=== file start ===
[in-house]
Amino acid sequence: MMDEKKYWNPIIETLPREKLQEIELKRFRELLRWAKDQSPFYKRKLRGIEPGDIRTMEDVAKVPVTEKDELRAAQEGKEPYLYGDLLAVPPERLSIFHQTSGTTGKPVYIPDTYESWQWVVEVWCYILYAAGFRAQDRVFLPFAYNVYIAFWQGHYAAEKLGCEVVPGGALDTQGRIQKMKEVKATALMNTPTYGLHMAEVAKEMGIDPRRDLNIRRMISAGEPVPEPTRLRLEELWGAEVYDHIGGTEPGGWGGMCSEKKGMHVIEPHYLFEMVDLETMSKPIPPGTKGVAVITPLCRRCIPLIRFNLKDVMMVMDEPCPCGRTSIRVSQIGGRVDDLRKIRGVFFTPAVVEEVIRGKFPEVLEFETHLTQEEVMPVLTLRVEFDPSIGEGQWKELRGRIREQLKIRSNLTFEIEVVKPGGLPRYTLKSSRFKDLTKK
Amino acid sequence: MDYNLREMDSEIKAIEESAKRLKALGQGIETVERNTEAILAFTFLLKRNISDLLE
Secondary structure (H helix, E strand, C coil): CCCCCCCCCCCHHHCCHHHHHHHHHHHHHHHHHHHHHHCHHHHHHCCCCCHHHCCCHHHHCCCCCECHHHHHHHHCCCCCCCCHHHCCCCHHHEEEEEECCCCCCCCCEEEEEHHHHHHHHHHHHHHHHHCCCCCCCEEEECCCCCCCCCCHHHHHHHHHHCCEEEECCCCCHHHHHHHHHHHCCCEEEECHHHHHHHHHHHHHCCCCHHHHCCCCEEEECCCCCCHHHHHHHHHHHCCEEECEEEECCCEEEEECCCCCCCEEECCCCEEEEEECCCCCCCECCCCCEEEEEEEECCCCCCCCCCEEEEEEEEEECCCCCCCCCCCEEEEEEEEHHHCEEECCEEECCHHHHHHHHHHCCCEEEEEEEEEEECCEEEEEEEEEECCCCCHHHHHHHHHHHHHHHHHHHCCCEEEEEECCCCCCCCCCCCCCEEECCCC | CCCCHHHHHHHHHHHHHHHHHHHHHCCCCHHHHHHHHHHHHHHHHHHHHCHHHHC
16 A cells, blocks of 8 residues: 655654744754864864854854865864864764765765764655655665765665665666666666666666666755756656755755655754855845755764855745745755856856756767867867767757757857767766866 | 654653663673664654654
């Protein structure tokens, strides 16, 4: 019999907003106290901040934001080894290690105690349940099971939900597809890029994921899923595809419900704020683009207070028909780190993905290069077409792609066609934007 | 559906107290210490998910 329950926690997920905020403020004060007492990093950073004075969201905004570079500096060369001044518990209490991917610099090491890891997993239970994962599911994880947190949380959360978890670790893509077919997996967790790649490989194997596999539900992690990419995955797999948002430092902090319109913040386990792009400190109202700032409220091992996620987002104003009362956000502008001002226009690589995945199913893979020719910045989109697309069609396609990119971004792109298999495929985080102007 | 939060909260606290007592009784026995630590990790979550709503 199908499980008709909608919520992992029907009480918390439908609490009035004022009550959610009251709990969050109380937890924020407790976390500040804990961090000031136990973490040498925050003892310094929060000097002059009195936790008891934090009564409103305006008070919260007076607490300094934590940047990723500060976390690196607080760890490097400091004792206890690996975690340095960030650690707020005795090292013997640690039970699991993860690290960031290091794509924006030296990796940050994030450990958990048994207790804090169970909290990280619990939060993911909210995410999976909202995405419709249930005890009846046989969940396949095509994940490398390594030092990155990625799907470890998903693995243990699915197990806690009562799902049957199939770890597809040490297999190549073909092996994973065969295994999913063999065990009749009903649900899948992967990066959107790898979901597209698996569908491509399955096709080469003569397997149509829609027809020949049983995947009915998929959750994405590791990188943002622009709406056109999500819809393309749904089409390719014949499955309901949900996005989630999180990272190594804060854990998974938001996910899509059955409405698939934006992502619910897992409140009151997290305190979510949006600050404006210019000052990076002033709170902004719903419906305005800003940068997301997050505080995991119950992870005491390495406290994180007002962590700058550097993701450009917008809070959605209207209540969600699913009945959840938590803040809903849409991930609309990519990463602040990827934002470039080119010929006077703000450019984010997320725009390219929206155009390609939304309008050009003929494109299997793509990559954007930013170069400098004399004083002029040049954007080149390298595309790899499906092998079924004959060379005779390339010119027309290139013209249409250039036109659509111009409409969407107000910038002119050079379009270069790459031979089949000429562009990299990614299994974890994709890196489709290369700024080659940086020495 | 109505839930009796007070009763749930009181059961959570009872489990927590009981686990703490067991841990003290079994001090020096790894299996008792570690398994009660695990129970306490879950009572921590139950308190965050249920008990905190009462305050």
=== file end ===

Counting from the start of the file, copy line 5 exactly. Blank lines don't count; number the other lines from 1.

16 A cells, blocks of 8 residues: 655654744754864864854854865864864764765765764655655665765665665666666666666666666755756656755755655754855845755764855745745755856856756767867867767757757857767766866 | 654653663673664654654